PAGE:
Definition of barotropic
meteorology, of a fluid
: having surfaces of constant pressure which coincide and do not intersect with those of constant density The possibility has been suggested … that the onset vortex received kinetic energy through baroclinic processes (as well as barotropic processes), perhaps even during its formation. — David W. Martin et al., Nature, 16 Dec. 1982 — compare baroclinic
barotropically\¦ber-ə-¦trō-pi-k(ə-)lē, -¦trä-, ¦ba-rə-\ adverb Those waves which are barotropically stable tend to give up uncertain energy to the zonal flow, counteracting and reducing the effect of the advective growth. — Rex J. Fleming, Monthly Weather Review, December 1971
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Origin and Etymology of barotropic
baro- + -tropic ◆In meteorological use introduced, along with baroclinic, by the Norwegian physicist and meteorologist Vilhelm Bjerknes (1862-1951) in “On the Dynamics of the Circular Vortex with Applications to the Atmosphere and Atmospheric Vortex and Wave Motions,” Geofysiske Publikationer (published by the Norwegian Geophysical Commission), vol. 2, no. 4 (1921), pp. 2-3. The term barotropic (originally in Dutch as barotropisch) had been used earlier in the laboratory of the Dutch physicist Heike Kamerlingh Onnes in reference to an experiment involving helium-rich vapor and liquid hydrogen: at increasing pressure the helium sank to the bottom of the hydrogen, an effect characterized as “the barotropic phenomenon” (see H. Kamerlingh Onnes and W.H. Keesom, “Bijdragen tot de kennis van het ψ-vlak van van der Waals. XII. Over het zinken der gasphase in de vloeistofphase bij binaire mengsels,” Koninklijke Akademie van Wetenschappen te Amsterdam (Royal Netherlands Academy of Sciences), Verslag van de Gewone Vergaderingen der Wis- en Natuurkundige Afdeeling van 26 Dec. 1906 tot 26 Apr. 1907, deel XV, 2de gedeelte, pp. 507-13).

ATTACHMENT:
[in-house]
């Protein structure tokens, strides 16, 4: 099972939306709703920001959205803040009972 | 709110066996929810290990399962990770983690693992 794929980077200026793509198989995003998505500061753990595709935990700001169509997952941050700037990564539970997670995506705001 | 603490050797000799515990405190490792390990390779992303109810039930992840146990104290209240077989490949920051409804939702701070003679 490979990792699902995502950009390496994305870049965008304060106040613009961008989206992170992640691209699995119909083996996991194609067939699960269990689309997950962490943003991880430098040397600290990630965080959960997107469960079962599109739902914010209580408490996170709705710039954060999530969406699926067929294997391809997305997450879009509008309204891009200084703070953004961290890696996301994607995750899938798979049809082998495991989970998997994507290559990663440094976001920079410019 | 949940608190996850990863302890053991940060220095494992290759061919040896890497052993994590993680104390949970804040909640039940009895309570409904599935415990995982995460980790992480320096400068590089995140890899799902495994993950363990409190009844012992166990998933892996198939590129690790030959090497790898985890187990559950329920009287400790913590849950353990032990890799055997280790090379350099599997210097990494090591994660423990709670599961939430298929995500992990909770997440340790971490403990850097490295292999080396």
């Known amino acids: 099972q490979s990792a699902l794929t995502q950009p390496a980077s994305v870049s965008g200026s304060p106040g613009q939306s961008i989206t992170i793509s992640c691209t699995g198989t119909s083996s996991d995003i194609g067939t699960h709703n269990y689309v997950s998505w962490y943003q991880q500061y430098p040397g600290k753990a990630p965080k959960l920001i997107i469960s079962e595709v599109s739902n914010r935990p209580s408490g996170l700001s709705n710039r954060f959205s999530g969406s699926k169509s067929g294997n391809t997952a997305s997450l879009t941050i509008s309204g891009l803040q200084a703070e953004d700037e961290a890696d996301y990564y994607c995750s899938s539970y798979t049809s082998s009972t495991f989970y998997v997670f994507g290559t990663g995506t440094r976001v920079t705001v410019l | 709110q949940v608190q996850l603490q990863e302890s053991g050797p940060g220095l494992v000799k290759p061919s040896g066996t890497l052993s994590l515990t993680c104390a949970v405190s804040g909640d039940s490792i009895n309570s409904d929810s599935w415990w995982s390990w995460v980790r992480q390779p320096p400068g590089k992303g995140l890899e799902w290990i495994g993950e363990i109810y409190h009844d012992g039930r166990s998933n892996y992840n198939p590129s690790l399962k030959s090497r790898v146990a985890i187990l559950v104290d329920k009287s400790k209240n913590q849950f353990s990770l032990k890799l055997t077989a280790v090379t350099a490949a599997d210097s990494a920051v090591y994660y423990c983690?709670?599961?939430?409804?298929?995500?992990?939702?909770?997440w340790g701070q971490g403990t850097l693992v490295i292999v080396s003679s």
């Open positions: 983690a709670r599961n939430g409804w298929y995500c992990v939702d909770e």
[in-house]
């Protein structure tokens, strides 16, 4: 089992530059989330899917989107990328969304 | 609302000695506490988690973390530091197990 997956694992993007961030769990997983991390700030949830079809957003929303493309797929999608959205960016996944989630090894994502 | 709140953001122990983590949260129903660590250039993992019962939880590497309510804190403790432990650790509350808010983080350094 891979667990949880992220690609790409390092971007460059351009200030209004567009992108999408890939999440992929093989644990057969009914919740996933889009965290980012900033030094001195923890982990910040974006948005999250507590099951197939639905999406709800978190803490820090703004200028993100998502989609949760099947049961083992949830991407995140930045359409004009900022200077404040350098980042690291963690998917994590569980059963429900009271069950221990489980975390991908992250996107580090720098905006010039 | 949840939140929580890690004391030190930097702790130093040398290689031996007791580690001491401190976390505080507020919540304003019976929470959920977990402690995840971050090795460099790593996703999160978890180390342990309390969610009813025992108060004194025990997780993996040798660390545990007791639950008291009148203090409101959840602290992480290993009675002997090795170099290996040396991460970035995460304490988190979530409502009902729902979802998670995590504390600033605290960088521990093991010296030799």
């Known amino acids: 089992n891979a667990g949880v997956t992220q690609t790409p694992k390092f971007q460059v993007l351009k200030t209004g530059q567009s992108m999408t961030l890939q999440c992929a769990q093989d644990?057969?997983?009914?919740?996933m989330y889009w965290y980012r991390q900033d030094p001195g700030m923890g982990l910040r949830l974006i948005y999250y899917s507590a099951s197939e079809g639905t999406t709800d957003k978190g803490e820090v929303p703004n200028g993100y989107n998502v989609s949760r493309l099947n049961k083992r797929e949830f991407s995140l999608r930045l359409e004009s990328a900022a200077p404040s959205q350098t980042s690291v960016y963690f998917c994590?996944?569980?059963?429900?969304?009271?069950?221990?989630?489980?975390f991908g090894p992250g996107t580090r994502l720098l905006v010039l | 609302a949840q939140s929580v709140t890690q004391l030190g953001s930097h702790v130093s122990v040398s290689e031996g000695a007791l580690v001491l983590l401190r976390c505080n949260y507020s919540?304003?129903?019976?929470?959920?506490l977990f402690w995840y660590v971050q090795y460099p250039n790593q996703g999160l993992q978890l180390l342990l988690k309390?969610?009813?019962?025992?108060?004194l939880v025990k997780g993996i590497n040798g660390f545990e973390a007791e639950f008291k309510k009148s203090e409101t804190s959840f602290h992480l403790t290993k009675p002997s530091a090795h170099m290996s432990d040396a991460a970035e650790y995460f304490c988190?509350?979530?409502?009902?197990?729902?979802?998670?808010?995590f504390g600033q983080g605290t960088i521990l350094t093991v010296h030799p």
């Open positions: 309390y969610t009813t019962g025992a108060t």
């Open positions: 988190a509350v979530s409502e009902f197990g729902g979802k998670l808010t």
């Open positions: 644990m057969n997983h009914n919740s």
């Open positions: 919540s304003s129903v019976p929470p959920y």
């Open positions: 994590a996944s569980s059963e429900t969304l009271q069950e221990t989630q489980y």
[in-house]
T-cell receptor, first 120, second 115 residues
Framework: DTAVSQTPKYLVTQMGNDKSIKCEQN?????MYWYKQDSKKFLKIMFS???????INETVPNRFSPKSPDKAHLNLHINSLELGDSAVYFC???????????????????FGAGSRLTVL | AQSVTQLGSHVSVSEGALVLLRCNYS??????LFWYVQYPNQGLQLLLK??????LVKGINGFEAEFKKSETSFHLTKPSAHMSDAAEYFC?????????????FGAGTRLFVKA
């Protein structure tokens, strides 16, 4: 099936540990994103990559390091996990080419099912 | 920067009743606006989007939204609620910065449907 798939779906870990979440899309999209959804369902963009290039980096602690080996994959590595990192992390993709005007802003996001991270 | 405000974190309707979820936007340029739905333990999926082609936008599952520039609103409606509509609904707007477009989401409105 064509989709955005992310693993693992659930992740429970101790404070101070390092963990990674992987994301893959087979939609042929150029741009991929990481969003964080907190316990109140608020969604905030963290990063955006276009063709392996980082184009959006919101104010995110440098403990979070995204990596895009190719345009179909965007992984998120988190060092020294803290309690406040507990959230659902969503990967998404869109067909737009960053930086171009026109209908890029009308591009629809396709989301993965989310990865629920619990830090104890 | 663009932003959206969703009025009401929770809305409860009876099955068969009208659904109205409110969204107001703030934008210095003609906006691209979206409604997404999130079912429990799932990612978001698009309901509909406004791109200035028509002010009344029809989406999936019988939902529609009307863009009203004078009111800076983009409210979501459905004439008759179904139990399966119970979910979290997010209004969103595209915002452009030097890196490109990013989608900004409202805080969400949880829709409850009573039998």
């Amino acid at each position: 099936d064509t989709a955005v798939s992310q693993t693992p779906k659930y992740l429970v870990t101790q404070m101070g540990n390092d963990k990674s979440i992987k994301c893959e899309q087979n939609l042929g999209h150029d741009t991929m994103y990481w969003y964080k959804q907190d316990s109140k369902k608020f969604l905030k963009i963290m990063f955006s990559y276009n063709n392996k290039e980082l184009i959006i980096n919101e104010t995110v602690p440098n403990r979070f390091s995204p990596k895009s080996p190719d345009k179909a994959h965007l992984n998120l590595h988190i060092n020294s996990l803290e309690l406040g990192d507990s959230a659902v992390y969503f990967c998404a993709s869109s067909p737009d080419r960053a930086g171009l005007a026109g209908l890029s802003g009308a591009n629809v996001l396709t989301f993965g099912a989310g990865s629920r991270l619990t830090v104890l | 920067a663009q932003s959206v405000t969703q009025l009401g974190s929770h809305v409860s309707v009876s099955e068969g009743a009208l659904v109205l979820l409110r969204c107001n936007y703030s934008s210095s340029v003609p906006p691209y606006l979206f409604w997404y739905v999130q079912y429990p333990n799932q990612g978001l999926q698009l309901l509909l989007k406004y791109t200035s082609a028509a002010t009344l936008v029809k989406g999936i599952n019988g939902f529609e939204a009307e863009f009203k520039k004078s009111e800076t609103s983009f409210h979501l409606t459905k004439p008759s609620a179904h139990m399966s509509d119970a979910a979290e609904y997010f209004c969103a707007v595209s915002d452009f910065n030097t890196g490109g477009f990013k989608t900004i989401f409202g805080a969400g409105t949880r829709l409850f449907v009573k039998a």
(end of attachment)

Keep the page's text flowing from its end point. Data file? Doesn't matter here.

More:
First Known Use: 1921See Words from the same year
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